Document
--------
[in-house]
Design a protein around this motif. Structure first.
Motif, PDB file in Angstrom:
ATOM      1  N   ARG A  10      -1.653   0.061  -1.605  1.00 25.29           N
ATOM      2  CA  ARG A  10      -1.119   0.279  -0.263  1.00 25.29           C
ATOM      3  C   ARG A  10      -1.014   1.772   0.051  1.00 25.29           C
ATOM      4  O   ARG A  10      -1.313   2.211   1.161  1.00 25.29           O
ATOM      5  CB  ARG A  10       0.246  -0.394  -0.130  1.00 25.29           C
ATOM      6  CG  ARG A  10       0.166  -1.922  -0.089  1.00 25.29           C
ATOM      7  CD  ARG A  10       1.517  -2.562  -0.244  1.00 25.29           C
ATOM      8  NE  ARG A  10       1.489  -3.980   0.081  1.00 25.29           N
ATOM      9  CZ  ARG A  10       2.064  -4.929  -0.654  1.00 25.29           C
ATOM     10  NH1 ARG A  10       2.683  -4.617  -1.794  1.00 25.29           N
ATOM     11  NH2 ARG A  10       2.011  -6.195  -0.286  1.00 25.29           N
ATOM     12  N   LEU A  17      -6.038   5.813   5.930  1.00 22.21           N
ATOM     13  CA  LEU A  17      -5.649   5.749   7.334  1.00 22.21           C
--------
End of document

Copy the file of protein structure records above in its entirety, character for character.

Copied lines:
[in-house]
Design a protein around this motif. Structure first.
Motif, PDB file in Angstrom:
ATOM      1  N   ARG A  10      -1.653   0.061  -1.605  1.00 25.29           N
ATOM      2  CA  ARG A  10      -1.119   0.279  -0.263  1.00 25.29           C
ATOM      3  C   ARG A  10      -1.014   1.772   0.051  1.00 25.29           C
ATOM      4  O   ARG A  10      -1.313   2.211   1.161  1.00 25.29           O
ATOM      5  CB  ARG A  10       0.246  -0.394  -0.130  1.00 25.29           C
ATOM      6  CG  ARG A  10       0.166  -1.922  -0.089  1.00 25.29           C
ATOM      7  CD  ARG A  10       1.517  -2.562  -0.244  1.00 25.29           C
ATOM      8  NE  ARG A  10       1.489  -3.980   0.081  1.00 25.29           N
ATOM      9  CZ  ARG A  10       2.064  -4.929  -0.654  1.00 25.29           C
ATOM     10  NH1 ARG A  10       2.683  -4.617  -1.794  1.00 25.29           N
ATOM     11  NH2 ARG A  10       2.011  -6.195  -0.286  1.00 25.29           N
ATOM     12  N   LEU A  17      -6.038   5.813   5.930  1.00 22.21           N
ATOM     13  CA  LEU A  17      -5.649   5.749   7.334  1.00 22.21           C